COLUMBIA - With Thanksgiving less than a week away, the Columbia community has been working hard to make sure all community members are fed.

Powerhouse Community Development Corporation (PCDC), a nonprofit, has been working all November to put on their Thanksgiving food drive, food box distribution and Thanksgiving Day hot meal.

PCDC serves six total communities in mid-Missouri, with locations in Columbia, Marshall, Sedalia, Fulton, Moberly and Versailles. The agency has been serving the Columbia community since 2018. 

This year marks the 24th anniversary of what the late Columbia City Council member and community advocate Almeta Crayton called Everybody Eats. Crayton began the event with a form and food distribution on her front porch.

PCDC Columbia Executive Administrator Erika Buford said the event continued to evolve after that. 

“She wanted to make sure not anyone in the community was left out. She wanted to make sure everyone had a meal,” Buford said. 

Almeta Crayton

Almeta Crayton

Crayton died in 2013 at 53 years old. Buford said although many were grieving, they still needed to make sure the community was fed. 

Soon after, Kentrell Minton stepped in to make sure the Columbia community had what they needed during Thanksgiving.

“And that’s when a lot of us came together," Buford said.

Minton died in November of last year, at 38 years old. After this, PCDC stepped in to continue Everybody Eats in honor of Minton and Crayton.

Kentrell Minton

Kentrell Minton

“I appreciate that Powerhouse has taken the helm, because I know that Columbia there would be a void if we didn't do it this year,” Buford said. “Because there's a lot of people that are still hurting and so we need to make sure that it continues.” 

Buford said this event is a part of Columbia’s history. 

“It is the bicentennial year of Columbia, of Missouri,” she said. “So I’m hoping you know, this is somewhere in that history. This Almeta Crayton community, ‘Everybody Eats’ is a part of that.”

CEO of PCDC Columbia Charles Stephenson said the thanksgiving events show the care the Columbia community has for each other. 

“Because people really want to know how much people care. I mean, it's so easy to say you care and say you're making a difference. But, you know, show me,” Stephenson said. “And I think this demonstrates the love that we have for one another coming together. You know, so many times people say that, but it's not just to say a word, action, as they say, speaks louder than words. And so I think this is love in action.”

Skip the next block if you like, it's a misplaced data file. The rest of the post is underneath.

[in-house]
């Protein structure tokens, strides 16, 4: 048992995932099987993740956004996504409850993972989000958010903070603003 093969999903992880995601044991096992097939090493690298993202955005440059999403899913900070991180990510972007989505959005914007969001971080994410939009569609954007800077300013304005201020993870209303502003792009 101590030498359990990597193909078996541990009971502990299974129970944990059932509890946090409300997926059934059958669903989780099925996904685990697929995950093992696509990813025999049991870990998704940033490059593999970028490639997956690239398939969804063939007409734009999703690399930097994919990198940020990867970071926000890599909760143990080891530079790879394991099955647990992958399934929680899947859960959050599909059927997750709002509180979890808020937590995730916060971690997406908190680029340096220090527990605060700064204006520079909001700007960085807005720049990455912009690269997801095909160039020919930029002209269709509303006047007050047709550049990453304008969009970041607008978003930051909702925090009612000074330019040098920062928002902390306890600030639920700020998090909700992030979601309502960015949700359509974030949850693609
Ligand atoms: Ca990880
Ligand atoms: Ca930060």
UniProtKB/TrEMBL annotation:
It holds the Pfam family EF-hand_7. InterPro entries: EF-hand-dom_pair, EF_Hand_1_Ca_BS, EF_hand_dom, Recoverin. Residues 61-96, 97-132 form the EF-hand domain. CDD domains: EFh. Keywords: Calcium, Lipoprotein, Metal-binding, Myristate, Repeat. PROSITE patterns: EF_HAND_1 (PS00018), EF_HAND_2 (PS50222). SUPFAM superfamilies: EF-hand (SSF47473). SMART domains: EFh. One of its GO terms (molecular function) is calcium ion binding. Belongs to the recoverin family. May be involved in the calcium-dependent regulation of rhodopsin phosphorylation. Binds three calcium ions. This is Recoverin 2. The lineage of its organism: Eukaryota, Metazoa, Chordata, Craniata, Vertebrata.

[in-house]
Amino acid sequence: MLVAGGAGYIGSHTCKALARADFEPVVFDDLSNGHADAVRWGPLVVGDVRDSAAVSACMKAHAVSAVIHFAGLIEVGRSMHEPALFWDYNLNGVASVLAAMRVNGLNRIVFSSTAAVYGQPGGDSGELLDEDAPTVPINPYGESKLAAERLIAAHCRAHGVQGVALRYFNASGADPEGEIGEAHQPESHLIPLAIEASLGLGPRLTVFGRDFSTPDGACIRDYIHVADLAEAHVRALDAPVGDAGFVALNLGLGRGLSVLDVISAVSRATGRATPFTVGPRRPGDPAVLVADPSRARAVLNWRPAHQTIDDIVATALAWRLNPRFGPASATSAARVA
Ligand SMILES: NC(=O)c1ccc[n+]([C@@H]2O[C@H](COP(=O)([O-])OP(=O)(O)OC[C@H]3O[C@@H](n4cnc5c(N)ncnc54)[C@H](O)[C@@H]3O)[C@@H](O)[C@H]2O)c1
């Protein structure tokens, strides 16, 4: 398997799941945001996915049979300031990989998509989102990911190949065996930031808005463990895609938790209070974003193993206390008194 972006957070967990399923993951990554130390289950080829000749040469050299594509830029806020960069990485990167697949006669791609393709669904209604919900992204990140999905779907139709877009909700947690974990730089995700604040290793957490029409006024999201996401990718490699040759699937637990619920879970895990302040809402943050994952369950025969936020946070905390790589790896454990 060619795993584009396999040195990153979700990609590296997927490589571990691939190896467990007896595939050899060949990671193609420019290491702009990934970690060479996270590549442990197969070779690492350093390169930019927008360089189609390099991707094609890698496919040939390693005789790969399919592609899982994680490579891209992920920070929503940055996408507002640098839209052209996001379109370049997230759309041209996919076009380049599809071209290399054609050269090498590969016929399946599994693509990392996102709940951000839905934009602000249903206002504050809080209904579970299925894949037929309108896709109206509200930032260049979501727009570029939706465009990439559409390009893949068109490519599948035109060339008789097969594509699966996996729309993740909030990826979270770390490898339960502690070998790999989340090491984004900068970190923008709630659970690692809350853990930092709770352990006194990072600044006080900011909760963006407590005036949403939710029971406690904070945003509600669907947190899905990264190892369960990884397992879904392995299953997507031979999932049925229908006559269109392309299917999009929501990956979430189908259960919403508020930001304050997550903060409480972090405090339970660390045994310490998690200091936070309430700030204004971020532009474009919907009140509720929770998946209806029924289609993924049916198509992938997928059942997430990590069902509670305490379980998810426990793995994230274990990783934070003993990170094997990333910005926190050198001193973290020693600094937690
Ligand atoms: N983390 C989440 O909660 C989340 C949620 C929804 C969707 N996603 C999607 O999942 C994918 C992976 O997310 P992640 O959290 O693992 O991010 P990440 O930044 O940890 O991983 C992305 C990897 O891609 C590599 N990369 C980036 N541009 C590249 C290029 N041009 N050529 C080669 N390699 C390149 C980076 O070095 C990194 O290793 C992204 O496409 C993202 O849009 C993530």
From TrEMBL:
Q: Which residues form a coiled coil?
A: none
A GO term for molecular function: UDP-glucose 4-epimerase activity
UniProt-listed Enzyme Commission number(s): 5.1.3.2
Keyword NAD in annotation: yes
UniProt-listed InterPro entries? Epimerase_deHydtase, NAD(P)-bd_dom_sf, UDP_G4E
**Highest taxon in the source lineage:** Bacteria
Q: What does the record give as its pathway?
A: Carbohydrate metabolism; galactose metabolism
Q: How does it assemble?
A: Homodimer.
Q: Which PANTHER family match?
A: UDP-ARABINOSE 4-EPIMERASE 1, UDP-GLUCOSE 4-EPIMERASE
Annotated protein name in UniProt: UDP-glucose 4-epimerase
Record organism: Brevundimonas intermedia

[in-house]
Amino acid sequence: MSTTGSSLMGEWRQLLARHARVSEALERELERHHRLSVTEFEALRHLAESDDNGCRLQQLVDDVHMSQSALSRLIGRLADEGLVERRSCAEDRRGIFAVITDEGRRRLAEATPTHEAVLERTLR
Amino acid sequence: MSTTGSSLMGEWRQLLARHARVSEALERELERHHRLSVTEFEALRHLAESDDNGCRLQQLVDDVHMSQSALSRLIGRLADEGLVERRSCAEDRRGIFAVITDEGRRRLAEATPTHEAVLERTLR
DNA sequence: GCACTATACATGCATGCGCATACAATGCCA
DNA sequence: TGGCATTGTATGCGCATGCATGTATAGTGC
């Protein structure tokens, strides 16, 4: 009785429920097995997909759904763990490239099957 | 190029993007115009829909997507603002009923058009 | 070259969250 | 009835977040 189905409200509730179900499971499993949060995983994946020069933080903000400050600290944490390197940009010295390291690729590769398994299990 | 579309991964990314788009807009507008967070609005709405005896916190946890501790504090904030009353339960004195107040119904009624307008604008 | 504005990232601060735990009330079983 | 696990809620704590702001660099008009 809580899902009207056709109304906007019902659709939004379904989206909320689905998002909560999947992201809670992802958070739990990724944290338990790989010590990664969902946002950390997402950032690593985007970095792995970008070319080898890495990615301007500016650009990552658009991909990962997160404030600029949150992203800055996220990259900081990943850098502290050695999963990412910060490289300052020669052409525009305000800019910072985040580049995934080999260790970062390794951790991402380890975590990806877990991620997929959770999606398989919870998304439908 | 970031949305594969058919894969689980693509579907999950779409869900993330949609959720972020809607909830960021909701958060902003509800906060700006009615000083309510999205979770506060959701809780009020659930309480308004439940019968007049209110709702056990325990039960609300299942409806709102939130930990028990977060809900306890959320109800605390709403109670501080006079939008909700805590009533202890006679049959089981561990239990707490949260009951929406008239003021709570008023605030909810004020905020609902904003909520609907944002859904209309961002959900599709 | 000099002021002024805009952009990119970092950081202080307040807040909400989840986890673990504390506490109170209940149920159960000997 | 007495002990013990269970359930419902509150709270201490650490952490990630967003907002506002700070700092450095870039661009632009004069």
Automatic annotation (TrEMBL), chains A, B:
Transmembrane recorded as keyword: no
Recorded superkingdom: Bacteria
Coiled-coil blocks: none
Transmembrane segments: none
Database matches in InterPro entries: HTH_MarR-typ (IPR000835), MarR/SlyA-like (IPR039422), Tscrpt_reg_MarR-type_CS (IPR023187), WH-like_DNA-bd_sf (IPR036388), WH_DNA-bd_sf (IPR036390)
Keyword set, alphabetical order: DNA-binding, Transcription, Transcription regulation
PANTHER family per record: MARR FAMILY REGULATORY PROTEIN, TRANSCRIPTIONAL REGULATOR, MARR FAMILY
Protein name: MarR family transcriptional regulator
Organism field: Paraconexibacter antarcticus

Stephenson expressed the responsibility the organization took on this year to honor Crayton and Minton. 

“This is still such a part of this community, you talk about almost a quarter of a century this has happened in this city. And so many people count on it, so many people calling in and responding, and I’m just glad to see that this tradition is gonna continue,” he said. “So I think it comes with great responsibility. And two words that stand out for me personally, is I'm both honored and humbled to be able to be a servant and be a part of this great event.”

The organization will continue accepting donations for its food drive until 5 p.m. on Friday at Parkade Plaza. 

Powerhouse Community Development Corporation Thanksgiving Flyer

Food box distribution will happen on Saturday, Nov. 20, from 10 a.m. to 2 p.m. also at Parkade Plaza. Food boxes are available for anyone to pick up.

The boxes contain: 

  • Boxed Mac and Cheese
  • Stuffing Mix
  • Gravy Mix
  • Corn Bread Mix
  • Dry Pasta
  • Cake Mix
  • Icing
  • Half and Half milk
  • Cheese 
  • Butter 
  • Eggs
  • Fresh Produce
  • Green Beans
  • Corn
  • Cranberry Sauce 
  • Turkey 

Buford expects to see between 500 and 700 people picking up boxes in the morning. She said they do need more volunteers. The sign-up link can be found here

The Thanksgiving hot meal will be held on Thursday, Nov. 25, from 11 a.m. to 2 p.m. at the Columbia Senior Activity Center. 

Stephenson said the connections created in the community are the most impactful part of these events. 

“There's people you didn't know how they were doing, and to see they're doing okay, it's gonna be a blessing on that day. It's a connection back to the community. Columbia community connection,” he said.

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